Judge Tosses Suit Over Alleged Coastal Damage

     NEW ORLEANS (CN) – A federal judge on Friday threw out a lawsuit against more than 80 oil, gas and pipeline companies accused of damaging millions of acres of wetlands in southeastern Louisiana.
     The lawsuit was filed in 2013 by the Southeast Louisiana Flood Protection Authority-East. It claimed the defendant companies, including Shell, Exxon and BP, through drilling and dredging activities, created billions of dollars in harm and heightened the risk to the greater New Orleans area from hurricanes coming ashore from the Gulf of Mexico.
     “What remains of Louisiana is slipping into the Gulf of Mexico through a combination of direct removal, erosion and submergence, sinking at the fastest rate of any coastal landscape on the planet,” the lawsuit stated.
     To locate and drill for oil along Louisiana’s sensitive coast, oil and gas companies create canals winding through millions of acres of swampland and maintain the canals with periodic dredging. Overtime, the canals necessarily widen, and the result is a buildup of sediment in unintended areas and a greater instance of saltwater intrusion into fragile freshwater ecosystems. The effect is massive erosion.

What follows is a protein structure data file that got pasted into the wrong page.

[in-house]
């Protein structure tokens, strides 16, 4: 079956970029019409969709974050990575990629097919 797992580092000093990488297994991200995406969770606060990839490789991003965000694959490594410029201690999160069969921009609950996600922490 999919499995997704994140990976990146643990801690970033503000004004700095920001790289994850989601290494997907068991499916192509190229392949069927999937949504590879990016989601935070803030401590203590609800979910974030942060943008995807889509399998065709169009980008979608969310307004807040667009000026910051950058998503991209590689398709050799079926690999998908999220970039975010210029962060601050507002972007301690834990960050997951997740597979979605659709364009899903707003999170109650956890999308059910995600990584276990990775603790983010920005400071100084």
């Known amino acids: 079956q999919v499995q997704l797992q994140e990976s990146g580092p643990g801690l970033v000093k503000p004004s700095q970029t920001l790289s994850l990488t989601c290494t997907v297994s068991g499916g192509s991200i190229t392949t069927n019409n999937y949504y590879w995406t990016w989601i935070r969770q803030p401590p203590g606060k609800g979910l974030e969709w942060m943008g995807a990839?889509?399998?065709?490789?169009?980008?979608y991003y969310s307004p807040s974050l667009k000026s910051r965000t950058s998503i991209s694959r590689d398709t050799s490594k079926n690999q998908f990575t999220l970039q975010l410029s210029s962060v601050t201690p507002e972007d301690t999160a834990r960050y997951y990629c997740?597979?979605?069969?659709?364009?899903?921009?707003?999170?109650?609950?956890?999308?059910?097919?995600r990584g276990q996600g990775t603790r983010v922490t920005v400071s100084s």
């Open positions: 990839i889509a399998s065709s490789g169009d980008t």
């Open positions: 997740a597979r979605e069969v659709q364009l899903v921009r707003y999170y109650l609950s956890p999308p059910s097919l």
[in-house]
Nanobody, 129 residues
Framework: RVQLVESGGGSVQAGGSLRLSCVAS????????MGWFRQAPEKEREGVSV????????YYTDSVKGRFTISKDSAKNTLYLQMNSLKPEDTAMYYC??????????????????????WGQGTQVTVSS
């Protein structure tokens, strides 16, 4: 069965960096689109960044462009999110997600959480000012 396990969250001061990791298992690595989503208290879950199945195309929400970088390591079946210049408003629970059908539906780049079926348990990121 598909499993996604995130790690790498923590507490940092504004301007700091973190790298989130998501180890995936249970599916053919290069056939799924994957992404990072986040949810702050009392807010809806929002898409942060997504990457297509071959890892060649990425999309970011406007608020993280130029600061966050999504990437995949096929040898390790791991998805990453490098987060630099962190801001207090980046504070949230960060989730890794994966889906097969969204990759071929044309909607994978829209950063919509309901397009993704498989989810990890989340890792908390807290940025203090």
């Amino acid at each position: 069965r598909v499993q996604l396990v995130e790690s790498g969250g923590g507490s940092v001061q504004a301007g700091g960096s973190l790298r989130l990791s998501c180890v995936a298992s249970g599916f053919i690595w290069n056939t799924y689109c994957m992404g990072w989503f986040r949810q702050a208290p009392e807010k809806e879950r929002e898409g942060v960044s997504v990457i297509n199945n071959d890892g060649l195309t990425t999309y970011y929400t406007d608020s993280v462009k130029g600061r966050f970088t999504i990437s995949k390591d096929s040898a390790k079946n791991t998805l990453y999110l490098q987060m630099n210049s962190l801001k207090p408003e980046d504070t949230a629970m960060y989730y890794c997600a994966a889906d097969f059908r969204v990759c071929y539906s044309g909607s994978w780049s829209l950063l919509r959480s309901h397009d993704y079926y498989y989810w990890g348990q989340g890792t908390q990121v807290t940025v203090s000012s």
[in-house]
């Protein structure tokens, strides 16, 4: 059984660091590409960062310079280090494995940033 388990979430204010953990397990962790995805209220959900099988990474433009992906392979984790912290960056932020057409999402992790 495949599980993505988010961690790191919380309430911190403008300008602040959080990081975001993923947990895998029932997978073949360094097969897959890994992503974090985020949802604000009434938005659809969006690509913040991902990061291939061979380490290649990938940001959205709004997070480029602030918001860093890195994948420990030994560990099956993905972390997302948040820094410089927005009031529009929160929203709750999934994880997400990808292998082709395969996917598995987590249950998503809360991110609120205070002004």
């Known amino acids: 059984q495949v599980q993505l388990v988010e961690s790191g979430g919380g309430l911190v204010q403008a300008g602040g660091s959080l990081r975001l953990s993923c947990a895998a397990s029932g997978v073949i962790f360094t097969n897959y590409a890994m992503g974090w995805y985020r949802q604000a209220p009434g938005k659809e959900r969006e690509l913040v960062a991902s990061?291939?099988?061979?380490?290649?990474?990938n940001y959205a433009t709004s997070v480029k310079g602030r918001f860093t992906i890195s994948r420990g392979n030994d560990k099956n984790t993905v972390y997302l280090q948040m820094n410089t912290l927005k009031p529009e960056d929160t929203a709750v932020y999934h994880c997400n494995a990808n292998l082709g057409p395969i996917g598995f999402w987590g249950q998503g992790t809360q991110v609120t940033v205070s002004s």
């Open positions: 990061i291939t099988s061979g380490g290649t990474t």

Supporters of the flood authority lawsuit said it was imperative to hold oil and gas companies accountable for the millions of acres of lost land, and that doing so would help fund necessary coastal restoration.
     But in a 49-page ruling, U.S. District Judge Nanette Jolivette Brown sided with the oil and gas company, holding they are under no contractual obligation to preserve the wetlands.
     Judge Brown said that for its lawsuit to survive, the flood authority needed to demonstrate that the oil and gas industry is legally obligated to protect the levee authority from the effects of coastal erosion. She concluded it had not.
     The flood authority named a few specific acts under which it alleged protection from harm from oil industry practices, including the Clean Water Act, but Judge Brown disagreed that the acts are in place to protect the wetlands or to prevent catastrophic storm damages.
     “Plaintiff has not demonstrated that Congress intended the Clean Water Act to create a legal duty in favor of plaintiff or its predecessor levee districts,” She wrote.
     Brown continued: “Plaintiff points to no legal authority supporting its argument that the permits issued pursuant to the Clean Water Act impose a standard of care upon Defendants for the benefit of the levee board.”
     The levee authority had argued that permits obtained by the oil and gas industry to dredge canals through the wetlands are contracts in effect and that the contracts would necessarily come with a restoration clause. Judge Brown disagreed. Dredging permits cannot be construed as contracts, she said.

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